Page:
Until recently, staying connected to Carroll had proven to be difficult for Griselda Macias ’08. That changed when she became a contributor to the Opportunity Scholarship Fund. And it changed even more when she unexpectedly saw the impact of her donations in person.
Created by President Cindy Gnadinger, the fund provides a lifeline for diverse students who are traditionally underrepresented in higher education. Funds from the scholarship help with the recruitment and retention of those students.
Contributing to the scholarship seemed like a perfect way for Macias to start staying connected. “I really care about diversity, making sure we’re supporting students and helping them persist through their program. Not only students of color, but all students,” she said.
Learn more about the University's efforts to increase diversity on campus here.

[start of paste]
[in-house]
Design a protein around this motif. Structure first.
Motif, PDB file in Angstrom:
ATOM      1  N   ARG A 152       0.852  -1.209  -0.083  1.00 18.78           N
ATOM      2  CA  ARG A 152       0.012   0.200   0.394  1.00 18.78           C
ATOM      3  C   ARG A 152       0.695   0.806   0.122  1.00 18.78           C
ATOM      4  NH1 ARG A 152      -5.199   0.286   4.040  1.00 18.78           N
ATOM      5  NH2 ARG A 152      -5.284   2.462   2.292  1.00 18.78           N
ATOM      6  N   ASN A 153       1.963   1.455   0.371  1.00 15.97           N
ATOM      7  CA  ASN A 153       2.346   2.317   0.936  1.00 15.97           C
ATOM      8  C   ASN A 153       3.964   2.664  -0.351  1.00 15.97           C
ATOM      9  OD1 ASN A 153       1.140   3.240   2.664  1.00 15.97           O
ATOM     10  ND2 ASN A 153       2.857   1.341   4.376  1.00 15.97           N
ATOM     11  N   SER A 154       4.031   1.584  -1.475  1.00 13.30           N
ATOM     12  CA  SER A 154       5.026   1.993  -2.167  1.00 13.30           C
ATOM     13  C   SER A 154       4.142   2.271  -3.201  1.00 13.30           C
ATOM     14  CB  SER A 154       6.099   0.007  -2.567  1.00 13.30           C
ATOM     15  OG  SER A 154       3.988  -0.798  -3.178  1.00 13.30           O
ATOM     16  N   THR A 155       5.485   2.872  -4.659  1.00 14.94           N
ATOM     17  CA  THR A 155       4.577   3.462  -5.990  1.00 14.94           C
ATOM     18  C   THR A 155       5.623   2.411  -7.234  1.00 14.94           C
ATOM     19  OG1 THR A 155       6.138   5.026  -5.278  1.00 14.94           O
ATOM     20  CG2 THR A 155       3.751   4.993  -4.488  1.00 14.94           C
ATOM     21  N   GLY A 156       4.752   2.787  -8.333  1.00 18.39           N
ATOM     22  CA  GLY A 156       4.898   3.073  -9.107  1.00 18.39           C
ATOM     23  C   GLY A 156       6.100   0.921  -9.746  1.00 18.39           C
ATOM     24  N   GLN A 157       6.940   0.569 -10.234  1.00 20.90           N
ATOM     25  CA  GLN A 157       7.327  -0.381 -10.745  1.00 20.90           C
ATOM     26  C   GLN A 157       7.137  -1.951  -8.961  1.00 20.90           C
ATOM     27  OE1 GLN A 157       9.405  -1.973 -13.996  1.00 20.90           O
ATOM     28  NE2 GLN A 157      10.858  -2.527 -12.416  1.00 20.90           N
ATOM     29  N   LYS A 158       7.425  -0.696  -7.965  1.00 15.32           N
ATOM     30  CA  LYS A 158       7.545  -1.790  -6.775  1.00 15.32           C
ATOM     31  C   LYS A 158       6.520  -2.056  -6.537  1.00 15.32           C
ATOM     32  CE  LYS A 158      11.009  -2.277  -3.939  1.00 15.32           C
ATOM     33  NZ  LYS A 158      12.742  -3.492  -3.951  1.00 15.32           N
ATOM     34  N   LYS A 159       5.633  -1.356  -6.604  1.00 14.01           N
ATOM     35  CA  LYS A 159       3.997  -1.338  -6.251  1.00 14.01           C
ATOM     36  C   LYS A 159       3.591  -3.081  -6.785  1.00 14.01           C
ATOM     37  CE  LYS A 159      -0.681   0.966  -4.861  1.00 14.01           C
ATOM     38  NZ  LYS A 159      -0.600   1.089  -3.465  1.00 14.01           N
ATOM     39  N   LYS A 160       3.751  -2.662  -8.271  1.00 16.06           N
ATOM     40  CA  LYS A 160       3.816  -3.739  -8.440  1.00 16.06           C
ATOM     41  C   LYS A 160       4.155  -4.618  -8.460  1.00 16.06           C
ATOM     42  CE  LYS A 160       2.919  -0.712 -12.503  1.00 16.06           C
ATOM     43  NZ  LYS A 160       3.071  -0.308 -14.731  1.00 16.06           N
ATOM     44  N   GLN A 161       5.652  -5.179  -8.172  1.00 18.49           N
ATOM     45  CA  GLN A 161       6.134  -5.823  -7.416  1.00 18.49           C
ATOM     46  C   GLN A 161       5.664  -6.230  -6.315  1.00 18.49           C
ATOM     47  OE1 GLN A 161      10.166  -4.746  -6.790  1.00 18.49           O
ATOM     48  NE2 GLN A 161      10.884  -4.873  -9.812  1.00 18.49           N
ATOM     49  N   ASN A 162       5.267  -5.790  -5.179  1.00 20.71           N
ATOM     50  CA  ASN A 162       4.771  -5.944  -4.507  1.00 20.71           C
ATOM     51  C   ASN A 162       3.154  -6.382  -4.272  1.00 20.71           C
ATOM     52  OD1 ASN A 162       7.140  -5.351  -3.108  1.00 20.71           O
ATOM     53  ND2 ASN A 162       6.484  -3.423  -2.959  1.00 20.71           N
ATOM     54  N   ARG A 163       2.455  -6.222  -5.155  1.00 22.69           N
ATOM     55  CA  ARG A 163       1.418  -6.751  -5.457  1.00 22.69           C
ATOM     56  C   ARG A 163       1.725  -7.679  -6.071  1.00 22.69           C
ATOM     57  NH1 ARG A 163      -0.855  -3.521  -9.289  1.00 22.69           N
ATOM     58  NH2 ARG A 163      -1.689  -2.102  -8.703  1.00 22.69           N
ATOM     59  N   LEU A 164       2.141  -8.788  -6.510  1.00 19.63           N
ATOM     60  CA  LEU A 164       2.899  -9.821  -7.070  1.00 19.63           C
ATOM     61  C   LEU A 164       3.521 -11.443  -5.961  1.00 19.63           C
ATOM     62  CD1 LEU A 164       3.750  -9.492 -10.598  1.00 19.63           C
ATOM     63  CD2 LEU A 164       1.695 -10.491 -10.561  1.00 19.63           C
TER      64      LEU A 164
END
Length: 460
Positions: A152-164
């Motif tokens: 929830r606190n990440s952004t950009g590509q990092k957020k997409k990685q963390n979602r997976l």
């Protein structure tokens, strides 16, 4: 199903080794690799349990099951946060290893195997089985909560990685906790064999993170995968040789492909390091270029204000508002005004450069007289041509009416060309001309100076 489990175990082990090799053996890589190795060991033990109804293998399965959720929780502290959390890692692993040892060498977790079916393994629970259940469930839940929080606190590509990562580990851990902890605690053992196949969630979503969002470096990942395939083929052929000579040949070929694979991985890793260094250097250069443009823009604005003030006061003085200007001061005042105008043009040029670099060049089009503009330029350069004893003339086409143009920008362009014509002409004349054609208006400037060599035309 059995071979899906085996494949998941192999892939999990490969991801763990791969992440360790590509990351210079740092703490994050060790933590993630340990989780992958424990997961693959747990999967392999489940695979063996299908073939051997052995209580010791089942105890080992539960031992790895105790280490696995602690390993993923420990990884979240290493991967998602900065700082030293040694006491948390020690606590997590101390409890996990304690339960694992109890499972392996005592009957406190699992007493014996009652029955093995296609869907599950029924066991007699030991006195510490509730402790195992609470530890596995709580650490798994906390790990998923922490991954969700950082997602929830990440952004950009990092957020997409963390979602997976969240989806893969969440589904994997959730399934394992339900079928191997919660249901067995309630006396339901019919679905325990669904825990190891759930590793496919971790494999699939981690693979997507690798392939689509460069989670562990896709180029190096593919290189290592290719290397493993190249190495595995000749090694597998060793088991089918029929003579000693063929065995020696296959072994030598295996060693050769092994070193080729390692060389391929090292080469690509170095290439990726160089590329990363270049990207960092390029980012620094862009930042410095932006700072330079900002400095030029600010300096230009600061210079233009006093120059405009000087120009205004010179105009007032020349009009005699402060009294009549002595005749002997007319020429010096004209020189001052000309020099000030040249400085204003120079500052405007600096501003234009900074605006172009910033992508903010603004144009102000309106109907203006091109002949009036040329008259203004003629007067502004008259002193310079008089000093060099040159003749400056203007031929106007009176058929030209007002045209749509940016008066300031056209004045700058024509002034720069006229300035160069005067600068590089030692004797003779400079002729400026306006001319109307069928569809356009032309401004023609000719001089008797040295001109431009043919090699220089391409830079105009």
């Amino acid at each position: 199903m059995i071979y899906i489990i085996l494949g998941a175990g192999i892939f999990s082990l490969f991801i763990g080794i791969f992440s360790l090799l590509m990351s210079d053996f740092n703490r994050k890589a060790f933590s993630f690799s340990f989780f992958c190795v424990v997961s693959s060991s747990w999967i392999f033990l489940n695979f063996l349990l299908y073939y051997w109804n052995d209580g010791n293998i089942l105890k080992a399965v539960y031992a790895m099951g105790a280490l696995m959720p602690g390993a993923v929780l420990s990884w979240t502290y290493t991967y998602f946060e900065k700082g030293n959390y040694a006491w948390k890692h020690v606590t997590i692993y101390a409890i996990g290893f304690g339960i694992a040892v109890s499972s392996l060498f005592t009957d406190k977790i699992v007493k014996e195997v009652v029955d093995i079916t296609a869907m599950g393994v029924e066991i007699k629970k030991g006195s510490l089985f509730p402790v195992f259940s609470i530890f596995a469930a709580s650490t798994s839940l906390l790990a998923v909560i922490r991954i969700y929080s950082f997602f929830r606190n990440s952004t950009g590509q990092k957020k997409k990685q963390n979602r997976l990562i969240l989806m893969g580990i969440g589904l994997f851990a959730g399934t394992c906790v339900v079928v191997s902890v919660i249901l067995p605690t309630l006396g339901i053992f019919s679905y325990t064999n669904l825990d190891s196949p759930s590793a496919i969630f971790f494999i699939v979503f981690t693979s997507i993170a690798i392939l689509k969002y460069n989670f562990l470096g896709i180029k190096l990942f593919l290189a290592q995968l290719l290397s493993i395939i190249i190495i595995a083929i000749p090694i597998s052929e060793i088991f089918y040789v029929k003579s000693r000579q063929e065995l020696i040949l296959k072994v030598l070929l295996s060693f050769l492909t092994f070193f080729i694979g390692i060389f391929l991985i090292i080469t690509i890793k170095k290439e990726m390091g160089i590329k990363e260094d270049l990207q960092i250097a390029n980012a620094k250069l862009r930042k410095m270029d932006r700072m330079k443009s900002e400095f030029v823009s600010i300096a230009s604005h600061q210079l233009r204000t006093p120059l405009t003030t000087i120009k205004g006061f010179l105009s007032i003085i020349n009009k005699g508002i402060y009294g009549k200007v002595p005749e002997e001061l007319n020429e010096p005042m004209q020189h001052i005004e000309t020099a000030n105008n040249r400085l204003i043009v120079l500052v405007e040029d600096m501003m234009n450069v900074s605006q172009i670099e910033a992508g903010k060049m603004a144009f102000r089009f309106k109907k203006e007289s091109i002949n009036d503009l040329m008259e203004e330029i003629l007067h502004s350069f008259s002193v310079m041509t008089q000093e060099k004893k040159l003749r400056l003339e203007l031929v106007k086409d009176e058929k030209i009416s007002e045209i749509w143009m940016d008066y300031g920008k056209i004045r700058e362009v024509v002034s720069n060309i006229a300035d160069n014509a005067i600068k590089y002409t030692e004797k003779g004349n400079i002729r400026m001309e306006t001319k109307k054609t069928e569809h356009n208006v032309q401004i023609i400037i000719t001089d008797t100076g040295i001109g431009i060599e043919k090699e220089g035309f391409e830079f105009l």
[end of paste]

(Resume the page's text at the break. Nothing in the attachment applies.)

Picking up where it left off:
Macias currently works at New Futures, a nonprofit organization in Washington, D.C. She mentors and advises non-traditional college students through their educational journey. Her professional interest in working with students aligned with her desire to reconnect with Carroll.
In March, Macias registered to volunteer with students visiting Washington, D.C., on an Alternative Spring Break trip. Macias was excited to reconnect with her alma mater and to volunteer side-by-side with students as, together, they gave the gift of time. “I wanted to know more about their experience,” she said. “I wanted to know how similar it was to mine or how it’s different and, if it’s different, how exciting it is.” But she had not anticipated that one of those students was benefiting from her gift to the Opportunity Scholarship Fund.
While talking with the students about Carroll’s transformation over the past 11 years, Macias discovered that one of the students had made her decision to attend Carroll based on her financial aid package. In fact, she was a recipient of an Opportunity Scholarship.
Macias said she choked up when she discovered this and a tear formed in her eye. Seeing a direct impact of her donations suddenly made her connection to Carroll feel tangible: “I feel like the small donations I give financially or the time I’m giving are impacting someone. I’m seeing someone benefiting from it.”